Korvessa….some of his victories were against bigger armies, but not better equipped ones. Scottish and English soldiers were identical to look at. The vast majority of engagements were conduced by small bodies of men-at-arms with not an infantryman to be seen. There are many popular/romantic books on Robert I (in fact you've got one already), but there is also a very considerable body of serious scholarship and I'd suggest you start with Professor Barrow's 'Robert the Bruce' which is eminently readable. If you want something with a more military perspective there's (kof kof kof) a new book by (kof kof) Dr. Chris Brown, 'King and Outlaw' and there's also his large, ungainly and rather dull book 'Bannockburn 1314; A New History'. Angus Konstam's Bannockburn book is pretty sound too.
The worst history book I have ever read (and that's saying something) is unquestionably Nusbacher's Bannockburn book which has no redeeming features at all.
For a general history try Nicholson 'Scotland: The later Middle Ages' as a starting point.
Phillius…it's questionable as to whether Edward Bruce planned on claiming Irish kingship initially…Colm MacNamee wrote a good book on the Bruce wars in Ireland.

14Bore…Braveheart gave historical movie-making a bad name.

D A THB…there's a couple of bad biffs, but overall it's not bad. The big battle scene is a bit silly with it's pits full of spikes and the presence of Edward.

Personal logo Unlucky General Supporting Member of TMP04 Dec 2018 6:37 p.m. PST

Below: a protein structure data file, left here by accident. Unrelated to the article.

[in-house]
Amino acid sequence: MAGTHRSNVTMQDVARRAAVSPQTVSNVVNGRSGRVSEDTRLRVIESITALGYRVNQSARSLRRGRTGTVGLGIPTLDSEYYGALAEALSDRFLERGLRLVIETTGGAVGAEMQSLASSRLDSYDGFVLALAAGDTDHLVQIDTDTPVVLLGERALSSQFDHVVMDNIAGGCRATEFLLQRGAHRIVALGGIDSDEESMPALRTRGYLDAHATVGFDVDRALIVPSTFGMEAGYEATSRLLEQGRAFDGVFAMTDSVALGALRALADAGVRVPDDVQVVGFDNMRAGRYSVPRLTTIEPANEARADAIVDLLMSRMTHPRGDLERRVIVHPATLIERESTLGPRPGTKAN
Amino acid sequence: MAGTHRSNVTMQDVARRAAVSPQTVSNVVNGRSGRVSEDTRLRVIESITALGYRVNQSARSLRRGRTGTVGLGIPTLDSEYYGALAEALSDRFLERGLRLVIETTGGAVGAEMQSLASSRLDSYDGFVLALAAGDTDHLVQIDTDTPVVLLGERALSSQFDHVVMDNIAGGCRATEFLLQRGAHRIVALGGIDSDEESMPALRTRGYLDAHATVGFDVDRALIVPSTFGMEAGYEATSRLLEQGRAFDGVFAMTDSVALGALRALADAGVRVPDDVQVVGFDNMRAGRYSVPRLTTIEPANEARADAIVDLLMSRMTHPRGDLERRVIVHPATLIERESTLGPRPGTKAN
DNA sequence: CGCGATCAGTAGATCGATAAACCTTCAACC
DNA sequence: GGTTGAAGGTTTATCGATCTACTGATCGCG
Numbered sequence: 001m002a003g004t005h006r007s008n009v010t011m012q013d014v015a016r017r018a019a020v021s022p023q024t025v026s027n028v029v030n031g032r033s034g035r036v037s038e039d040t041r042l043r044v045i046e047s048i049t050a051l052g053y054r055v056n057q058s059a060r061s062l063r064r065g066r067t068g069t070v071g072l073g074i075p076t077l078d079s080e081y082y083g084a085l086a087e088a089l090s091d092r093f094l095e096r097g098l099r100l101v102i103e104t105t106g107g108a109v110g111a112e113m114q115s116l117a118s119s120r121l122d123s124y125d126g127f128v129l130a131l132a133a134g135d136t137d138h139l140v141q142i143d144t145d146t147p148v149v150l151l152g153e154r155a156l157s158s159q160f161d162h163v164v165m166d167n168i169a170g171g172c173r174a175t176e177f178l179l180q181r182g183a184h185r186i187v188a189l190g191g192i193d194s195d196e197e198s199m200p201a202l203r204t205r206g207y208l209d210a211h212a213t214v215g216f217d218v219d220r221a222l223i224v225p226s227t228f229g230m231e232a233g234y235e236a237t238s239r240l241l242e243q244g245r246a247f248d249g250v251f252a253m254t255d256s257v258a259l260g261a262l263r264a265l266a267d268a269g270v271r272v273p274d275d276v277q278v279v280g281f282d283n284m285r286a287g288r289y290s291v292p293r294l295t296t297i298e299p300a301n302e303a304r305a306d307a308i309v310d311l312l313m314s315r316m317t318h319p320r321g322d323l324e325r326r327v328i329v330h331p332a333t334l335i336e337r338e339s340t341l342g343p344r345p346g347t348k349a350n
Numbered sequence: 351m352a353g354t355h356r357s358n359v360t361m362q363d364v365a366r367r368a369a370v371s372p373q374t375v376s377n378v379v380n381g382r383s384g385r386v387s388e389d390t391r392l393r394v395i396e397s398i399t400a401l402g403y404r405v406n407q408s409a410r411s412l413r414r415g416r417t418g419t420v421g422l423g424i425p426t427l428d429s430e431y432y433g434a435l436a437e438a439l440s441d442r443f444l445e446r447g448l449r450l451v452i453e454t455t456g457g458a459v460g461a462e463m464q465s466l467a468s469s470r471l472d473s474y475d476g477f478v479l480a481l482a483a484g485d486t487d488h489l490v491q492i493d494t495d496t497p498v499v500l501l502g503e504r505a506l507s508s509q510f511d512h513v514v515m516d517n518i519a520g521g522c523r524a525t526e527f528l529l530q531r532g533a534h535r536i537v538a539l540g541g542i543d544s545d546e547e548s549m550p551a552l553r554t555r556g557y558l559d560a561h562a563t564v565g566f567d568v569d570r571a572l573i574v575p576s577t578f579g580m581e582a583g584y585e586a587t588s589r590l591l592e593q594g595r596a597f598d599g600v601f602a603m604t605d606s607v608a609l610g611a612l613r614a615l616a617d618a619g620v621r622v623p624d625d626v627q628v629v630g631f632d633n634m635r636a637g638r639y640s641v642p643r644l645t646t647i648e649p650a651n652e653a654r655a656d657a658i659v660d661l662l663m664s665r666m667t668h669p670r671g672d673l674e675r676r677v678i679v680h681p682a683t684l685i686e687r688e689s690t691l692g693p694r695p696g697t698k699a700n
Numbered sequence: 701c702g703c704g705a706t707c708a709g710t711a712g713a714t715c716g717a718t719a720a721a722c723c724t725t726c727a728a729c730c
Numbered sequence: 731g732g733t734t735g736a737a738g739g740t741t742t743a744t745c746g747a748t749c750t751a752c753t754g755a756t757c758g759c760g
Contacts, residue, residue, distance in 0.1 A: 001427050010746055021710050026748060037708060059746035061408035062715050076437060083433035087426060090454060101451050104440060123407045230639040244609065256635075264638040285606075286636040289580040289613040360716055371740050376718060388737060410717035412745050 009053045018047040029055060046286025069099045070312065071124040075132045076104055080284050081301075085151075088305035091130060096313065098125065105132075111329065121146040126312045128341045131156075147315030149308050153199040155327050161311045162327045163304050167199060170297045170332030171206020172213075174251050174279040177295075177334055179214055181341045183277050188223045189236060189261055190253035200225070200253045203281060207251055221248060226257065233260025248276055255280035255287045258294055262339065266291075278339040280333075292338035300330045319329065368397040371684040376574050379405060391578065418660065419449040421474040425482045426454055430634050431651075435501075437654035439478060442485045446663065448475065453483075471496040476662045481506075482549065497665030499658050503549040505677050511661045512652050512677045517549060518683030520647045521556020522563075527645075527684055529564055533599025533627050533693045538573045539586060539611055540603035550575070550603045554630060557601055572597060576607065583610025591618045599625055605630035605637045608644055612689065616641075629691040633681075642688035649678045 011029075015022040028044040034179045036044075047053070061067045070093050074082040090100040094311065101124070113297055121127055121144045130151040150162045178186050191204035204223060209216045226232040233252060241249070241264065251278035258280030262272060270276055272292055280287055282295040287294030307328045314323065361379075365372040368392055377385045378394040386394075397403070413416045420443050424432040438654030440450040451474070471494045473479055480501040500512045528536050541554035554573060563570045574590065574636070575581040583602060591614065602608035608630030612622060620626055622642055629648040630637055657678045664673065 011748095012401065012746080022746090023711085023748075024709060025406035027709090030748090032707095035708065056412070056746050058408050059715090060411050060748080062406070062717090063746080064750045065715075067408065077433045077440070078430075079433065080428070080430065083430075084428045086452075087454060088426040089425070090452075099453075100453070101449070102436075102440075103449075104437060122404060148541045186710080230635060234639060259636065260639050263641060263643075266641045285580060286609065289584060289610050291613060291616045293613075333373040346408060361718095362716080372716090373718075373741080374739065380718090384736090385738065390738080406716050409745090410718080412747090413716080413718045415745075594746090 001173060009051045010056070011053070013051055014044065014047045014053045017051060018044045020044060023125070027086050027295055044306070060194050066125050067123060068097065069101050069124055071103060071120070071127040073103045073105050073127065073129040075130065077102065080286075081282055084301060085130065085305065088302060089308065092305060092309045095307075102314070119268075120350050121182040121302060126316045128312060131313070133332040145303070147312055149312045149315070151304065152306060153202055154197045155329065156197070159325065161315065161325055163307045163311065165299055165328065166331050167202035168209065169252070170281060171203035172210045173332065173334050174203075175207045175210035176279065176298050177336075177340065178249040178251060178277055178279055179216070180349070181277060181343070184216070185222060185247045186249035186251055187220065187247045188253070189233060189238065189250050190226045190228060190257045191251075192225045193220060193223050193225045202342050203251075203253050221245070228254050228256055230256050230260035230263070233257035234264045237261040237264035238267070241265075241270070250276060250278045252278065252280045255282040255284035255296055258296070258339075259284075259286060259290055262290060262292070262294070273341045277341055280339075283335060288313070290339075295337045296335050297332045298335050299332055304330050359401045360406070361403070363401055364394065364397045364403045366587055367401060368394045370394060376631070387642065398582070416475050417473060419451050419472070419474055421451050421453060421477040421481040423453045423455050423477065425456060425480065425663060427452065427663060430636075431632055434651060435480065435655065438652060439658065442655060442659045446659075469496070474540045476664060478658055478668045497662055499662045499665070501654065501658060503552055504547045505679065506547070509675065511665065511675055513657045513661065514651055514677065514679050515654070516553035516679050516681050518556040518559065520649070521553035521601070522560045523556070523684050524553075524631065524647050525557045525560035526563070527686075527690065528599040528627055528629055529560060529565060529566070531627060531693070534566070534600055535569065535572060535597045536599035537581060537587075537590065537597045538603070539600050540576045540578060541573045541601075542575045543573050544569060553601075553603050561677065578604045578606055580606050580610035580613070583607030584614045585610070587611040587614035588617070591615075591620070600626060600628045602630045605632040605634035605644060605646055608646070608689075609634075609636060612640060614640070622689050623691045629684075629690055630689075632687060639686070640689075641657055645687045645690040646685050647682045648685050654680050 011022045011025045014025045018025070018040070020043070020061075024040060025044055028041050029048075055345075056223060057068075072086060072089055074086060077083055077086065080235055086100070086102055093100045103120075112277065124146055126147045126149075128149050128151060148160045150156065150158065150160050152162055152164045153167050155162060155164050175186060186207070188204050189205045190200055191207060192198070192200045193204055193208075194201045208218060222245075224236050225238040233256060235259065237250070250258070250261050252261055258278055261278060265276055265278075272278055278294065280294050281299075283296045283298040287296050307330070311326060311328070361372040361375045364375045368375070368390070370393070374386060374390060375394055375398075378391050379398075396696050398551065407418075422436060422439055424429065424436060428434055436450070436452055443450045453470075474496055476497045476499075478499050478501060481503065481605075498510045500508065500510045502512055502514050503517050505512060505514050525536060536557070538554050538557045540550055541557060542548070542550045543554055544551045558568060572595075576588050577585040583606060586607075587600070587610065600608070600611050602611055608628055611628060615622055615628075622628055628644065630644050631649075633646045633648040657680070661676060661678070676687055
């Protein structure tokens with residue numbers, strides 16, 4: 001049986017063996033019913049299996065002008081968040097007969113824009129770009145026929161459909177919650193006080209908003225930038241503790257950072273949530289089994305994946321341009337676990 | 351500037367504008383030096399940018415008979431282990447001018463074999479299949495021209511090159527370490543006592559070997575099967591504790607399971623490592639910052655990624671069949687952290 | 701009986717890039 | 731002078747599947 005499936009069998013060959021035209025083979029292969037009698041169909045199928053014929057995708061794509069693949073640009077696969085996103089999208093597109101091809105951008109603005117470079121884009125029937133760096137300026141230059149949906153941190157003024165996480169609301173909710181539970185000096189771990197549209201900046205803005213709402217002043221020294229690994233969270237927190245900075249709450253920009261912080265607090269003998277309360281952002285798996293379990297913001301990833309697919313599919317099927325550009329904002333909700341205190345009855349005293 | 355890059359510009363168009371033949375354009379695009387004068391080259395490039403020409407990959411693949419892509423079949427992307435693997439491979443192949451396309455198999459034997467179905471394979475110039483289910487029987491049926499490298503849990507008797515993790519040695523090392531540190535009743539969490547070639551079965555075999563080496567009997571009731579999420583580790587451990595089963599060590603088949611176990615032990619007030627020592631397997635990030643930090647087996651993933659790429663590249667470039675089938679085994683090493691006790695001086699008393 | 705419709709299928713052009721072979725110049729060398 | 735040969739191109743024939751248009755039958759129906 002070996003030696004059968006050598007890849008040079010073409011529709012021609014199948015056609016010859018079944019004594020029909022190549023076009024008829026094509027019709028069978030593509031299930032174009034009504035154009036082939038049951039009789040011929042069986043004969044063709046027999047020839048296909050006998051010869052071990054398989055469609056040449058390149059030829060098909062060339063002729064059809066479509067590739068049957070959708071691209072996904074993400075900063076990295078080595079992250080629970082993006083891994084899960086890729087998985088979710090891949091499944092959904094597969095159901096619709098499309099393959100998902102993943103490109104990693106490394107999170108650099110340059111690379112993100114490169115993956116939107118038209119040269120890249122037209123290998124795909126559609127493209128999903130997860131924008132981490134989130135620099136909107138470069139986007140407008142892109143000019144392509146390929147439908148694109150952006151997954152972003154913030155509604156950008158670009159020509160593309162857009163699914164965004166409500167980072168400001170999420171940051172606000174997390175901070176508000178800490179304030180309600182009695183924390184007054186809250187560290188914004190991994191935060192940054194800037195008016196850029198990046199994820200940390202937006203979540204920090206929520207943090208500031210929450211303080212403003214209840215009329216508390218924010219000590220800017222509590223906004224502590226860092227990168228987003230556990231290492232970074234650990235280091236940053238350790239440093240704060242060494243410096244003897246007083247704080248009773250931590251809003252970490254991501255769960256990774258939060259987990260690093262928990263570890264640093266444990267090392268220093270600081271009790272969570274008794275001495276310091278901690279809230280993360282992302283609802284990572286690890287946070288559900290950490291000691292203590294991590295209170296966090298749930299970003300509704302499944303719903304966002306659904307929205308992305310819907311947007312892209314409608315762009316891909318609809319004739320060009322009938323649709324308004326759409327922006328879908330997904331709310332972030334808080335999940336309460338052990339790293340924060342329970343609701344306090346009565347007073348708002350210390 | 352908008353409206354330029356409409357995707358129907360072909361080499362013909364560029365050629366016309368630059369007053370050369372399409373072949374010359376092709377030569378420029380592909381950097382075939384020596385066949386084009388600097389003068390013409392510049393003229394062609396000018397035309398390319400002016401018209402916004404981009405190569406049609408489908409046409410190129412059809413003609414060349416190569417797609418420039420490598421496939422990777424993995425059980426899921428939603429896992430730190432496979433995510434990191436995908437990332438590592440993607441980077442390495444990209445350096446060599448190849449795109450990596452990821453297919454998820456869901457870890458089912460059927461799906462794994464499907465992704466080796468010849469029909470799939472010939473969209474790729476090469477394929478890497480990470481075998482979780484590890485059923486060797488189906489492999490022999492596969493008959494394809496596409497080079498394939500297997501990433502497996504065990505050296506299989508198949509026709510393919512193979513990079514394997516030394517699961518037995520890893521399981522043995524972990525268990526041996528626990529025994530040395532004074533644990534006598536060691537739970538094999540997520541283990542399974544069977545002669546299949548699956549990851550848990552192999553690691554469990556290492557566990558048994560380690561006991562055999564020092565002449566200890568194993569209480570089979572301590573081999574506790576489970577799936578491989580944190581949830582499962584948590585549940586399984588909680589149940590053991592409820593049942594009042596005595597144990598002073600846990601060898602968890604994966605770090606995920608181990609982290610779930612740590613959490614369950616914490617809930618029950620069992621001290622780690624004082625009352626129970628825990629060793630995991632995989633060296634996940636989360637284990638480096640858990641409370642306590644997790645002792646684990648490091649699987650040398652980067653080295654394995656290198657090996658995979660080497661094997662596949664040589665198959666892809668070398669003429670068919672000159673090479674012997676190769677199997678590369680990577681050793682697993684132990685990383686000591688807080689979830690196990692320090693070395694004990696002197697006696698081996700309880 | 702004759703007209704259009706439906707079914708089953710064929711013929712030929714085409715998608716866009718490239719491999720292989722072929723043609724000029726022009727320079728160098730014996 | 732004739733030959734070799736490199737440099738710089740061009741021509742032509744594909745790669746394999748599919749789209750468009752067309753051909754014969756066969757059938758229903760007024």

I keep saying this about a lot of movies and TV drama made today but Outlaw King is the best of it's class- in the English language anyway. I truly think we are getting better historical entertainment than we have ever enjoyed – but some people on these sorts of forums will clearly never be satisfied.

I'm surprised to hear that Robert the Bruce lacks historical respect – I always thought he got plenty. I am neither English or Scottish but the man is an historical legend and a household name in my world.

uglyfatbloke Inactive Member05 Dec 2018 3:05 a.m. PST

Just so..it's a movie, not a documentary, but really I've seen several medieval Scotland documentaries that were utter rubbish and there's plenty of truly abysmal books too. Nusbacher's 'Bannockburn' deserves a prize for it's sheer awfulness.

Korvessa06 Dec 2018 10:57 a.m. PST

What I was trying to say is that I have seen several "coffee table" books of great commanders and the like. I have never seen one that listed King Robert as one of the great commanders.
I think he should be – especially for the medieval period. He accomplished much with little. I don't see many others doing better.

AussieAndy Supporting Member of TMP06 Dec 2018 8:43 p.m. PST

Was he a distant ancestor of Rodney Dangerfield?

Korvessa06 Dec 2018 9:15 p.m. PST

AussieAndy

Could be!

uglyfatbloke Inactive Member07 Dec 2018 6:26 a.m. PST

True enough Korvessa. Same with medieval history coffee-table books; they tend to be very much centred on France and England and of course a lot of people genuinely do not understand that England and Britain are not the same thing and/or that Scotland is not part of England.